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Colossians 2:12-14

You have been buried with Christ, when you were baptised; and by baptism, too, you have been raised up with him through your belief in the power of God who raised him from the dead. You were dead, because you were sinners and had not been circumcised: he has brought you to life with him, he has forgiven us all our sins.

He has overridden the Law, and cancelled every record of the debt that we had to pay; he has done away with it by nailing it to the cross.

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Luke 11:1-13

Once Jesus was in a certain place praying, and when he had finished one of his disciples said, ‘Lord, teach us to pray, just as John taught his disciples.’

He said to them, ‘Say this when you pray:

‘“Father, may your name be held holy,
your kingdom come;
give us each day our daily bread,
and forgive us our sins,
for we ourselves forgive each one who is in debt to us.

And do not put us to the test.”’

He also said to them:

‘Suppose one of you has a friend and goes to him in the middle of the night to say, “My friend, lend me three loaves, because a friend of mine on his travels has just arrived at my house and I have nothing to offer him”; and the man answers from inside the house, “Do not bother me. The door is bolted now, and my children and I are in bed; I cannot get up to give it you.” I tell you, if the man does not get up and give it him for friendship’s sake, persistence will be enough to make him get up and give his friend all he wants.

‘So I say to you: Ask, and it will be given to you; search, and you will find; knock, and the door will be opened to you. For the one who asks always receives; the one who searches always finds; the one who knocks will always have the door opened to him. What father among you would hand his son a stone when he asked for bread? Or hand him a snake instead of a fish? Or hand him a scorpion if he asked for an egg? If you then, who are evil, know how to give your children what is good, how much more will the heavenly Father give the Holy Spirit to those who ask him!’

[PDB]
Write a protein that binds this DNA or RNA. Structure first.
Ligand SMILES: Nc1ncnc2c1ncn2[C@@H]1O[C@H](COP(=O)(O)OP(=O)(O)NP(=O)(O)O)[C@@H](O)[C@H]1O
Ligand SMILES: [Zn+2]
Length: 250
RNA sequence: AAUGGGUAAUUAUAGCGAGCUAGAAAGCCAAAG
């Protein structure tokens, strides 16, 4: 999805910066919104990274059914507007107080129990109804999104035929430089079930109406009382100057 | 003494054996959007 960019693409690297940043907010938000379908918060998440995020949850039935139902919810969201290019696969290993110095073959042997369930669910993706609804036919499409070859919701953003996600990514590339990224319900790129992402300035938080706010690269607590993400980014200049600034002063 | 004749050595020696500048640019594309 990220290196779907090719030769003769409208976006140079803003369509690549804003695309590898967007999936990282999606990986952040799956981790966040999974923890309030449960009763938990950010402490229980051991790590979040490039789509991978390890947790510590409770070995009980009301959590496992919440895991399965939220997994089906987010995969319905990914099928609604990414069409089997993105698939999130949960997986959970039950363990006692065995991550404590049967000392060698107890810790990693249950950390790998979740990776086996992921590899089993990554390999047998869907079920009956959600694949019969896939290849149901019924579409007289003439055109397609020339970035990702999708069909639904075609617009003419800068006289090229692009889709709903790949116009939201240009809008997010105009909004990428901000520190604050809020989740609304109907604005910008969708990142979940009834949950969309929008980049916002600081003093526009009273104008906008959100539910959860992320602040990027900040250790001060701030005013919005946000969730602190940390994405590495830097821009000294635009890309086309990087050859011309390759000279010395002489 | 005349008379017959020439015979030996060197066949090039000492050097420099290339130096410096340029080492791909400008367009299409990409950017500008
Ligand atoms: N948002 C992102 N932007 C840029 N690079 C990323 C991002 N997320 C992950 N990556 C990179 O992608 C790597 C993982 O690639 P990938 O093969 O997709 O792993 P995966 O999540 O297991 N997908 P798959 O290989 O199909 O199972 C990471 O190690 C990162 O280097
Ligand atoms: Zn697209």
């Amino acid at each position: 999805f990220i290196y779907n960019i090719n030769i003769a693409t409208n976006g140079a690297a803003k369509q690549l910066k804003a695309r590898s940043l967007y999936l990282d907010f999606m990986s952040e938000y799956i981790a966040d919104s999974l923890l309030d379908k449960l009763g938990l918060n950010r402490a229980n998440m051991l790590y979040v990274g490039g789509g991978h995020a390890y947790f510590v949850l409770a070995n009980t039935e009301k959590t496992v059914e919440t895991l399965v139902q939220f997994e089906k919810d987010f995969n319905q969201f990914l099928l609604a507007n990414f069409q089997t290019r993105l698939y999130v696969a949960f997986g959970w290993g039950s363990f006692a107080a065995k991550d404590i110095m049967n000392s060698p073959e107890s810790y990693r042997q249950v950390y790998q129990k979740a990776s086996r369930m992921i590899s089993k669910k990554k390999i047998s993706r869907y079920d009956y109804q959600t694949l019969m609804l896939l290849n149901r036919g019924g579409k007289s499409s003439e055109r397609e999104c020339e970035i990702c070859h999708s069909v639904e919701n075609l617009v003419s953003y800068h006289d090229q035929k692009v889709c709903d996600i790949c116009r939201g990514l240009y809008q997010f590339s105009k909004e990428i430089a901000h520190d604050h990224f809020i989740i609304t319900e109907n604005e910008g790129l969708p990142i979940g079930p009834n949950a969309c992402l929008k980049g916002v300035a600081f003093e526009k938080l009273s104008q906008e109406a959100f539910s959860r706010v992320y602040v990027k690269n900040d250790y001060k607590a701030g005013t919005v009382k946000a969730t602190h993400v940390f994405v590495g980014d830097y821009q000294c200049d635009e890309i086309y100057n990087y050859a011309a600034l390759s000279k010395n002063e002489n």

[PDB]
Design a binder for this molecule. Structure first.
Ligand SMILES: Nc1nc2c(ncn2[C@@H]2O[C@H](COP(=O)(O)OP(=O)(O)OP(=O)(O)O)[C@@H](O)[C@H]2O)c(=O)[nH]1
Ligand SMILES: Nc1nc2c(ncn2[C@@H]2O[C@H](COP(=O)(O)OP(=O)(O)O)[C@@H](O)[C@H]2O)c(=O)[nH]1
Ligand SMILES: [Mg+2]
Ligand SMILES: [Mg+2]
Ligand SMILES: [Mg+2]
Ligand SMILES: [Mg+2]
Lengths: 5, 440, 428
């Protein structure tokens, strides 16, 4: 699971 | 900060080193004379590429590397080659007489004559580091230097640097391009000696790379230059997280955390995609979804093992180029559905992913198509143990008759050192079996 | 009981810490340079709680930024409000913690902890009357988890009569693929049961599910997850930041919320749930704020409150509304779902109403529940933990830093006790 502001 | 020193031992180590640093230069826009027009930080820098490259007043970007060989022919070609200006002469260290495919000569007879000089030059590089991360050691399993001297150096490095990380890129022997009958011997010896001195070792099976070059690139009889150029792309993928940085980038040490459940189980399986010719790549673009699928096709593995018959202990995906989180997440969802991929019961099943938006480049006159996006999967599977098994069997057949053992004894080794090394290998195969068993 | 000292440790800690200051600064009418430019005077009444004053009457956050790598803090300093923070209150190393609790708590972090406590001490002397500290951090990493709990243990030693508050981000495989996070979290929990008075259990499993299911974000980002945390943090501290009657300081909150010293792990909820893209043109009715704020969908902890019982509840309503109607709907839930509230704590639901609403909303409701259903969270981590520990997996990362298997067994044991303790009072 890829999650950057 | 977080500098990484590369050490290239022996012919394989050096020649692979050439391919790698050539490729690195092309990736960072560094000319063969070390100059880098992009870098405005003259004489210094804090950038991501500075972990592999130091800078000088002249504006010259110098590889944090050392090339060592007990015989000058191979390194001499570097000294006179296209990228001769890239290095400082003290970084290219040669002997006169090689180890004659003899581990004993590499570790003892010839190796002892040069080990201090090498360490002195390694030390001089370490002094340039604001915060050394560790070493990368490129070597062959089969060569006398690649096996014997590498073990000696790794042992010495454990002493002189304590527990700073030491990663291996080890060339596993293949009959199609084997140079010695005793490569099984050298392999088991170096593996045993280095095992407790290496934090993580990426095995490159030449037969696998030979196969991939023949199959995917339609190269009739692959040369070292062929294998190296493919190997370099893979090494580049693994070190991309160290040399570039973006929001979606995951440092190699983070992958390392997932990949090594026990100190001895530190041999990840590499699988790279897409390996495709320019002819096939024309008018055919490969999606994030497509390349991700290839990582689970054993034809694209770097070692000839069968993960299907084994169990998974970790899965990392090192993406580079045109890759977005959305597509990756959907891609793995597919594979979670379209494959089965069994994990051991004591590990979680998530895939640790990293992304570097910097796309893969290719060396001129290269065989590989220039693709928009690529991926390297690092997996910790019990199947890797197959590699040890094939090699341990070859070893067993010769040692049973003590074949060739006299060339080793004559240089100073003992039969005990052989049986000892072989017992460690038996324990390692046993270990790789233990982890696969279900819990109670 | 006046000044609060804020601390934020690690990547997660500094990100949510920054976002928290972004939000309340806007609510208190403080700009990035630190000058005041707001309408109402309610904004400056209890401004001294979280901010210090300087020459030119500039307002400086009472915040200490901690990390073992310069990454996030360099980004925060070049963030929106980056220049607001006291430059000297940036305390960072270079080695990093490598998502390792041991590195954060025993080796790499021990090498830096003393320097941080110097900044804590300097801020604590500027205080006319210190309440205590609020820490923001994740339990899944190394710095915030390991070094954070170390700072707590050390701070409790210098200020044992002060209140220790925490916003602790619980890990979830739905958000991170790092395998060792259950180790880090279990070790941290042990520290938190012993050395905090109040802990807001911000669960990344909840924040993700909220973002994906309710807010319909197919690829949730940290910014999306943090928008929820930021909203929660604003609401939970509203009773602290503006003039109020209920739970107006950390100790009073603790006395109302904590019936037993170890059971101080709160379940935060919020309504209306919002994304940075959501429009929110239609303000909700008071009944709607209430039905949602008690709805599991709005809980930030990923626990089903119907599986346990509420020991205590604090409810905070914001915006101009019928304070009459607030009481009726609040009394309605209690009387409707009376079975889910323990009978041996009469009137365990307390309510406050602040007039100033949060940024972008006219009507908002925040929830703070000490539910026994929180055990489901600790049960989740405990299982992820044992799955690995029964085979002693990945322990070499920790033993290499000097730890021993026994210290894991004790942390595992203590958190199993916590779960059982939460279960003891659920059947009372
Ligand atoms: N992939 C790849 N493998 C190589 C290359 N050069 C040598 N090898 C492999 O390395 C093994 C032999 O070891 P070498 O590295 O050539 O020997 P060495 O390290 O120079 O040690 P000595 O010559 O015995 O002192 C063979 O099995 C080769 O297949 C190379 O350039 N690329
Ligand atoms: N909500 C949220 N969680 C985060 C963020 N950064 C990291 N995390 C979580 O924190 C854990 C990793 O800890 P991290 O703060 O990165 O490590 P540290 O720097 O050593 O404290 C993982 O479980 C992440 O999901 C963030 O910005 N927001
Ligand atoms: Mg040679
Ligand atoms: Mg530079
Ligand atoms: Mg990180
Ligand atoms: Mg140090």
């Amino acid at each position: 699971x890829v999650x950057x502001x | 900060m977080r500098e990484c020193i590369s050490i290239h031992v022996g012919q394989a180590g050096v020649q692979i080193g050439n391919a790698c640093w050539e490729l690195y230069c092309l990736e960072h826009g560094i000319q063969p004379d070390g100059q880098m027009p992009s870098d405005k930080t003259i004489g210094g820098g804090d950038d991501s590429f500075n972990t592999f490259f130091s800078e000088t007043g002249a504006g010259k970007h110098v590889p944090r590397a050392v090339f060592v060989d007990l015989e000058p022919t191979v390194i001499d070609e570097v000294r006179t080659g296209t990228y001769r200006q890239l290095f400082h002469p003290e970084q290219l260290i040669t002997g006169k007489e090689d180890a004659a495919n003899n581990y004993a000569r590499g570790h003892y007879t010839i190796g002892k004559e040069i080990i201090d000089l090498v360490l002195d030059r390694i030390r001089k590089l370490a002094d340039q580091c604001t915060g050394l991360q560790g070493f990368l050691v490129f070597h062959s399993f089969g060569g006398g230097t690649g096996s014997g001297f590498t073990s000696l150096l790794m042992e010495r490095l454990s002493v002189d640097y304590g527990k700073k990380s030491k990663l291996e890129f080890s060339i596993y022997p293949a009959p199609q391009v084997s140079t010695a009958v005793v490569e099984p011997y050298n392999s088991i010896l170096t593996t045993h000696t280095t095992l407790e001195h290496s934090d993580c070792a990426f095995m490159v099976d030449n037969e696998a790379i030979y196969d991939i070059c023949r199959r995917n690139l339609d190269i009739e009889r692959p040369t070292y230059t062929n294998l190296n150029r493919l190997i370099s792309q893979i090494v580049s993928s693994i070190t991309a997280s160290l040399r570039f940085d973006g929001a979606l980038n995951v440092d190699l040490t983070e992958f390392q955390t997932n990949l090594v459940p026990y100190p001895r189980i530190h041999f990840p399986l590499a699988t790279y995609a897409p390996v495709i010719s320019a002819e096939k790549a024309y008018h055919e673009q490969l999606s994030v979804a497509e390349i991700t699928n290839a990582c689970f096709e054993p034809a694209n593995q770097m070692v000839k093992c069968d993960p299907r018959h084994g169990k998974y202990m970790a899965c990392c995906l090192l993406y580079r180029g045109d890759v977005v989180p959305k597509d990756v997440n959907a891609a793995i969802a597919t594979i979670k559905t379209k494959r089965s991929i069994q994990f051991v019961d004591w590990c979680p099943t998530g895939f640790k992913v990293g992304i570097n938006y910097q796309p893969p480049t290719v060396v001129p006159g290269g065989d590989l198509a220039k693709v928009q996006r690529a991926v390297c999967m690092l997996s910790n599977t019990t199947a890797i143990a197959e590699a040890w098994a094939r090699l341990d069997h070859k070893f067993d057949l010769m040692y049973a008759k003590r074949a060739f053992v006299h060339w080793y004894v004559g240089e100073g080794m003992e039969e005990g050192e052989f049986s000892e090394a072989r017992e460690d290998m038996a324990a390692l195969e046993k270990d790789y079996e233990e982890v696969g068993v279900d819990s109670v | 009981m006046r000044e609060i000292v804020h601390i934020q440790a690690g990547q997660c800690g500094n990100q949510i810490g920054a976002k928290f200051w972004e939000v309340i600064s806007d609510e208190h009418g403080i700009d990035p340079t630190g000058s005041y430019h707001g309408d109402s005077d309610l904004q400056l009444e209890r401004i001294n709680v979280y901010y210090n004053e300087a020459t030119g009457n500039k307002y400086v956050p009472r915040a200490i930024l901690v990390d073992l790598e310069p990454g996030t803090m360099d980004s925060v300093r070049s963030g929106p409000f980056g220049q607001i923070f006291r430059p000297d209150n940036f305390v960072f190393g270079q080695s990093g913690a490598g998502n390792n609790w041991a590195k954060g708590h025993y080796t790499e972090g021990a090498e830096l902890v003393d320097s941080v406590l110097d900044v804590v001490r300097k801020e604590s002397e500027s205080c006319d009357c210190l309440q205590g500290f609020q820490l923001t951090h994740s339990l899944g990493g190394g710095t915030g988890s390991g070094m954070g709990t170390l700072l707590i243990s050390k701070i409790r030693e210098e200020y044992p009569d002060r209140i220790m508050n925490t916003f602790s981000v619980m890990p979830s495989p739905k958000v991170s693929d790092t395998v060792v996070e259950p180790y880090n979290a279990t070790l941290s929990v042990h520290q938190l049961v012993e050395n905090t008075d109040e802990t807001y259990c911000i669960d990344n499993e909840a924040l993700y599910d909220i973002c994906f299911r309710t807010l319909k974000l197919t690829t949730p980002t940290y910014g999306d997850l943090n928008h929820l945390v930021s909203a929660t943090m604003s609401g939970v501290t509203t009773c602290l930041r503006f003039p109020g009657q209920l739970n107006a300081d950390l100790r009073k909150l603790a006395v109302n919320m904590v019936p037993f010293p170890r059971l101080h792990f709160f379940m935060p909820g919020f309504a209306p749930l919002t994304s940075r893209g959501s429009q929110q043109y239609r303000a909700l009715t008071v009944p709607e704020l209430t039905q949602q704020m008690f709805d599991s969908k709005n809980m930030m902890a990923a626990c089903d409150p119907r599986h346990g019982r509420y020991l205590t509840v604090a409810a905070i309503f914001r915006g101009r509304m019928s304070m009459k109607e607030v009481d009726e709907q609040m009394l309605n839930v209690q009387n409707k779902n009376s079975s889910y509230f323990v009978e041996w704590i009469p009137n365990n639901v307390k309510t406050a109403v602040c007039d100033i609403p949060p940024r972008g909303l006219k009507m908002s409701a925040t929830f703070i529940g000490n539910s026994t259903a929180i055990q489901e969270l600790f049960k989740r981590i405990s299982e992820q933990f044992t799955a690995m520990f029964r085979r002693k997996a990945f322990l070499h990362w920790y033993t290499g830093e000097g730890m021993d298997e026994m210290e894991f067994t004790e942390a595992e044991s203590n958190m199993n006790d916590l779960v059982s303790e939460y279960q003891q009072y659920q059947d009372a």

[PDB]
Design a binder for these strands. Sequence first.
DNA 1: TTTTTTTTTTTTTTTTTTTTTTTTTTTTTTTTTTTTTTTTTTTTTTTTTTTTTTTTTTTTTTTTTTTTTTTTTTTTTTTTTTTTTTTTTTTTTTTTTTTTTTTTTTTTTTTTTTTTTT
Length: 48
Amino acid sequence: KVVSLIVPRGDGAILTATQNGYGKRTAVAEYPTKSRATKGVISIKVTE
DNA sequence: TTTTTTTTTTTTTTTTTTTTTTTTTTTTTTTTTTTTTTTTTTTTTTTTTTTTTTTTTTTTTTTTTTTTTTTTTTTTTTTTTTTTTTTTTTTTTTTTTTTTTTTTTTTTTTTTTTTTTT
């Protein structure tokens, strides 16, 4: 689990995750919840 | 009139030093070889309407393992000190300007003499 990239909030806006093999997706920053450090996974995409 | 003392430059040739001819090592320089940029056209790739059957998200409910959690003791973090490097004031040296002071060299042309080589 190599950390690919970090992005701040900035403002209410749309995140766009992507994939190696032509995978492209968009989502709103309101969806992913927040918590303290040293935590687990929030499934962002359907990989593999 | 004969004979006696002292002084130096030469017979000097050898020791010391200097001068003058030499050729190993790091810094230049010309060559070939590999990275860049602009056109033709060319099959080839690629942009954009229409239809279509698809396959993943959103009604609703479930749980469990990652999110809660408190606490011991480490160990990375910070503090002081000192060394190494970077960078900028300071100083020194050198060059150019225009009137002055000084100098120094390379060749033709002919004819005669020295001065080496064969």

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for the sake of those ten, I will not destroy it

A youtube video I once watched began with a boy slumped on the floor. He did not look to be in a happy state. To make things worse, a large stone suddenly struck him on the head and he started to bleed. The boy jumped up, screaming and shouting at someone whose back was turned towards him, arms outstretched, blocking out other projectiles hurling towards the boy. The boy accused him of doing a bad job of protecting him from getting hurt. “How could you let this happen to me? You must be sleeping on the job!!”

The video then went on to show that person, turning sheepishly to the boy and apologizing for letting that one stone slip through and hurting the boy. Upon closer examination, I realized that the person himself was bleeding profusely from all sorts of cuts and bruises from the myriad of stones and other flying objects that kept hitting him as he used his own body as a human shield for the boy. Then came the clincher — the human shield was Jesus. And he was sorry to the boy for not doing a ‘good enough’ job because that one stone slipped through him.